Speaking on record about the forthcoming round four Bundesliga encounter against Stuttgart on Sunday, Eintracht Frankfurt trainer Oliver Glasner seemed to express a preference for a 4-4-2 system.
An opening day shellacking away at Dortmund was followed up by two tepid draws in which the team looked far from convincing. Moreover, Glasner's tactical constellations failed to exhibit any consistency across three rounds.
If the 47-year-old Austrian gaffer's recent public remarks are any indication, Glasner desperately wishes to put a stop to it.
"It's important to introduce consistency," Glasner said on Monday, "It's not wise to change the system every week just to show how variable we are."
In explaining his switch from the inherited back-three to a back-four, Glasner hinted that the change was permanent.
"The role assignments are the easiest when we attack via a 4-4-2," he continued, "A back-three requires courage to place an opponent under pressure. The players moving out of the back need support. You have to rely on your teammates. If this trust, these automations are missing, it leads to hesitation an passive play. With a four-man back-line, the sequences are easier to train."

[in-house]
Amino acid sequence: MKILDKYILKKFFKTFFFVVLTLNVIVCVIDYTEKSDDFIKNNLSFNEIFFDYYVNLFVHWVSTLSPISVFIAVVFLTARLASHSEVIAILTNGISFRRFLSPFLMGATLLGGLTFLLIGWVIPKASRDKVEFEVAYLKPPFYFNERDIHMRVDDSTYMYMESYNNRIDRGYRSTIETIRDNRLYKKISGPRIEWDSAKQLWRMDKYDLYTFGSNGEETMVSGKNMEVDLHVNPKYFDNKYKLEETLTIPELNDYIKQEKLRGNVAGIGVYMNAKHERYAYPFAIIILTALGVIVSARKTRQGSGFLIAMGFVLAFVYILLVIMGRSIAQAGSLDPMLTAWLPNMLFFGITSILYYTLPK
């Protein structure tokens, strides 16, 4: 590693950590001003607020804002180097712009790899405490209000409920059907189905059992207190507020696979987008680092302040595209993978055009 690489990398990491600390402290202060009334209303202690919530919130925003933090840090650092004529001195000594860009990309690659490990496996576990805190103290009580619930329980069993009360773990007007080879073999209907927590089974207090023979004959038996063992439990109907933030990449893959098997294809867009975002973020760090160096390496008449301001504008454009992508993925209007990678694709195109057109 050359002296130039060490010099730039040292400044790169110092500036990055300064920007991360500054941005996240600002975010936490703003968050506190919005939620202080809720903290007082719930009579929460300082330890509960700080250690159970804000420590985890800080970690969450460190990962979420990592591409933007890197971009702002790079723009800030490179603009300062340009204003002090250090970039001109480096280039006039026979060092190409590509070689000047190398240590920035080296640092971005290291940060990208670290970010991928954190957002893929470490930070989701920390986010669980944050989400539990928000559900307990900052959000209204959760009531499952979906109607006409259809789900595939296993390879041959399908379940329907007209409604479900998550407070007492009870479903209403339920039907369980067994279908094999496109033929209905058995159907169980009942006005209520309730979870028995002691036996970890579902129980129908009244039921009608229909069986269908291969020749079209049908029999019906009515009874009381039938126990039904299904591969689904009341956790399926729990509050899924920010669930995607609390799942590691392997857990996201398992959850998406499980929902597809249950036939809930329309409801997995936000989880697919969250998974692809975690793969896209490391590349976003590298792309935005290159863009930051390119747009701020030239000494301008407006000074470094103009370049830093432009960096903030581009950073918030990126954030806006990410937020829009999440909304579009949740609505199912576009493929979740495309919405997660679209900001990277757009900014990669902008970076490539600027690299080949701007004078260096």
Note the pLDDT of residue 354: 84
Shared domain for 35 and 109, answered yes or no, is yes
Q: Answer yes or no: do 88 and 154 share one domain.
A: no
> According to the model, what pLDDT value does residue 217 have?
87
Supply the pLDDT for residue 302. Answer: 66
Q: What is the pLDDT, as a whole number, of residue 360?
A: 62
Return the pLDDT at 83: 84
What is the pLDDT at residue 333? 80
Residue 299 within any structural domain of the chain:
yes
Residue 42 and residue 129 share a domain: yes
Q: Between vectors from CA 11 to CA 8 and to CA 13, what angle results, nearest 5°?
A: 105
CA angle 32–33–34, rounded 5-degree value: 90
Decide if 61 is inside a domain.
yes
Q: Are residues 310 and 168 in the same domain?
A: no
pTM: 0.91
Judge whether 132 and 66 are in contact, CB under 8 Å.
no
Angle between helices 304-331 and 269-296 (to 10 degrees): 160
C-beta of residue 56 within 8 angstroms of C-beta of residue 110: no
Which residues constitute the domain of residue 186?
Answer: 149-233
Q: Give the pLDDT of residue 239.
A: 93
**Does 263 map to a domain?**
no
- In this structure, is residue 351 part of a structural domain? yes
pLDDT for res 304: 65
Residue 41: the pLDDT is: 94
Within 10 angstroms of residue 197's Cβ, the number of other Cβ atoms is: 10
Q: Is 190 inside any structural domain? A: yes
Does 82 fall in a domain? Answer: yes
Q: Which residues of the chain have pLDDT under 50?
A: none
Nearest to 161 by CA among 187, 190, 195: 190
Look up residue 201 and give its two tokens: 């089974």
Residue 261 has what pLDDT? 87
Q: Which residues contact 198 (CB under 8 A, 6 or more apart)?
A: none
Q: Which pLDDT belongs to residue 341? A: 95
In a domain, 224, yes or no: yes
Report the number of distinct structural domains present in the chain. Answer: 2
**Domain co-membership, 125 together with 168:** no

Glasner did leave open the possibility of trying out a 3-5-2, a tight midfield rotating diamond, or even a set of attacking eights in the longer term. He nevertheless gave every indication that he planned to deploy Lammers alongside Rafael Santos Borré; most likely in a 4-4-2.
"Rafael plays quite often on the right side of a 4-4-2 with the Colombian national team," Glasner pointed out.
Borré himself recently admitted that he thought a second striker "would be helpful" for him at his new club team. In post-match comments, the Colombian spoke of "compatibility with a classic nine."
Lammers fits the bill for this.
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